An activist collects water from the site to show contamination.

An activist collects water from the site to show contamination.


Contaminated soil and water

If there is one livelihood that has borne the brunt of this haphazard dumping of toxic metal, it is agriculture. Villagers say agricultural production has dwindled over the years, particularly in Puliyankannu and Karai, due to polluted groundwater. “Nobody raises crops in this part of the region,” says Sekar, a resident. “Where is the source of good water to raise the crops?”


K. M. Balu, a farmer in Ranipet and coordinator of the Palar Paathukappu Kootiyakkam (Federation for Palar Protection), says the chromium dump site has destroyed the livelihood of hundreds of farmers: “Ten villages in and around the dump site, such as Avarankari, Puliyankannu, Karai, Puliyanthangal and SIPCOT, have been badly hit. There is no scope for agriculture here.”

The matter has been brought up with officials at various levels, repeatedly, but their pleas have gone unheard, Balu says. “Letters, protests... nothing has succeeded in drawing the attention of the authorities,” he says. A petition sent to the Collector and to the Chief Minister’s Special Cell three years ago has also led to nothing. Apart from his organisation, the Tamil Nadu Vivasayigal Sangam, affiliated to the All India Kisan Sabha, has also been unrelenting in its efforts to draw the attention of officials. “The Palar river, nearly 2 km from the site, is also contaminated. Three water bodies — the Kodathappu Eri, the Karai Eri and the Puliyankannu Eri — have been contaminated. Villagers stopped using the groundwater several years ago, and they do not allow their cattle to graze near these water bodies,” says L.C. Mani, the association’s district assistant secretary.

Mani estimates that at least 1,000 acres of agricultural land around TCCL have been rendered unfit for cultivation. “What will farmers do when water even in farm wells has not been spared from this contamination?” he asks. Crops such as paddy, ragi, maize and sugar cane were raised in this part of the region three decades ago but no longer, he says.

“Chromium is a heavy metal and so affects crops to a great extent,” says M. Pandiyan, professor and head at the Krishi Vigyan Kendra and Agricultural Research Station, Virinjipuram. “First, it does not allow the crops to grow as it prevents absorption of water and nutrients from the soil. Second, some crops that are tolerant, such as ragi, can withstand chromium and grow. But they end up absorbing it. Consuming them is dangerous as they can cause cancer.”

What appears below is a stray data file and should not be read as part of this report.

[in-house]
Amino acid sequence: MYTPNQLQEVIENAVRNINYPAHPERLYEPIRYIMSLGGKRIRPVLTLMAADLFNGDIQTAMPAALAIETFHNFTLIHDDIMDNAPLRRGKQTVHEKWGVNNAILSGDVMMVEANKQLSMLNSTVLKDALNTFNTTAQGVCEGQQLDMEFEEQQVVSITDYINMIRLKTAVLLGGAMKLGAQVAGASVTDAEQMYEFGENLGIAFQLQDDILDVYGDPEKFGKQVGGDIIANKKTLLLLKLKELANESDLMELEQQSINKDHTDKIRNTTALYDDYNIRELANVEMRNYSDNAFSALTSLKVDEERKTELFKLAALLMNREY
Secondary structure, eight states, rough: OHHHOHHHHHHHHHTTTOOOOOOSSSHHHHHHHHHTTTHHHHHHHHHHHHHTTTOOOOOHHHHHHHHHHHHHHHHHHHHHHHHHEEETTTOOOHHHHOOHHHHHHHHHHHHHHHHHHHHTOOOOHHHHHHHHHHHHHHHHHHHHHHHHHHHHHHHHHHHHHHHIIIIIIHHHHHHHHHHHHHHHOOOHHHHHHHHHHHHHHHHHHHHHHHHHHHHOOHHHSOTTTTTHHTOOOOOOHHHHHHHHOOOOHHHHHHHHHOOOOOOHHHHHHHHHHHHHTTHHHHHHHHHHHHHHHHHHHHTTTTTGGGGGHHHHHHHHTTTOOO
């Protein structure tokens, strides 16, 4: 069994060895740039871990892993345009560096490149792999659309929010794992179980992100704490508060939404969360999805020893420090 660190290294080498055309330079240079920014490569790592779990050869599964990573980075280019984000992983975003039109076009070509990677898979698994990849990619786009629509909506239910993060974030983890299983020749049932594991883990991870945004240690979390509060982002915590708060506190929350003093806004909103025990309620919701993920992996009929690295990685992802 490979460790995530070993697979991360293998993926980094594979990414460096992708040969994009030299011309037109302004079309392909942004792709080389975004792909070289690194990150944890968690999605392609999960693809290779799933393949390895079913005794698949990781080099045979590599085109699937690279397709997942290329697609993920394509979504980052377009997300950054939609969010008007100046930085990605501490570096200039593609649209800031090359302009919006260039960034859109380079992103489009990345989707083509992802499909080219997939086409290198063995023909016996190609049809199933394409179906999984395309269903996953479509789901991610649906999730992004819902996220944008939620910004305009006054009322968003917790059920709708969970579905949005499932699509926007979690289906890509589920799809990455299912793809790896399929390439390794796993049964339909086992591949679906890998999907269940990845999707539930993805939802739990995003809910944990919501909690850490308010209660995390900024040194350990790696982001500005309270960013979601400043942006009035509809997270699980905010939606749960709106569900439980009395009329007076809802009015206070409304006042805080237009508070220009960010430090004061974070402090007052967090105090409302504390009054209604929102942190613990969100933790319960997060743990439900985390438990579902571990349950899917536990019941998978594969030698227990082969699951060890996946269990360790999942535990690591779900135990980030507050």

The Union Ministry of Environment and Forests, in its ‘Inventory and Mapping of Probably Contaminated Sites in India’, says the “Supreme Court Monitoring Committee had expressed serious concern over the extremely hazardous wastes dumped by Tamil Nadu Chromates and Chemicals in the open environment in violation of the hazardous waste rules.”

On its part, the CPCB, through the National Clean Energy Fund (NCEF), identified 12 contaminated sites in the country that included TCCL in Ranipet. It came up with a project, the ‘Remediation of hazardous waste contaminated dumpsites under NCEF project’. According to the CPCB’s online project documents, during its 20 years of operation from 1975 to 1995, TCCL generated and disposed huge quantities of hexavalent chromium-bearing waste on open land.

A natural outcome of this are concerns over the health of the villagers. Mani and another resident of Puliankannu, A. Babu, say villagers are facing several health hazards due to the pollution of both air and water. “We have been receiving many patients with asthma, both acute and chronic cases; chronic obstructive pulmonary disease; even lung cancer,” says Anbu Suresh, medical superintendent at the Scudder Memorial Hospital at Ranipet. “We also see persons with allergic reactions to skin and eyes. These are mainly due to air pollution and water pollution.” Of about 100 in-patients at the hospital, at least 30 to 40 of them were admitted for respiratory illnesses, he says.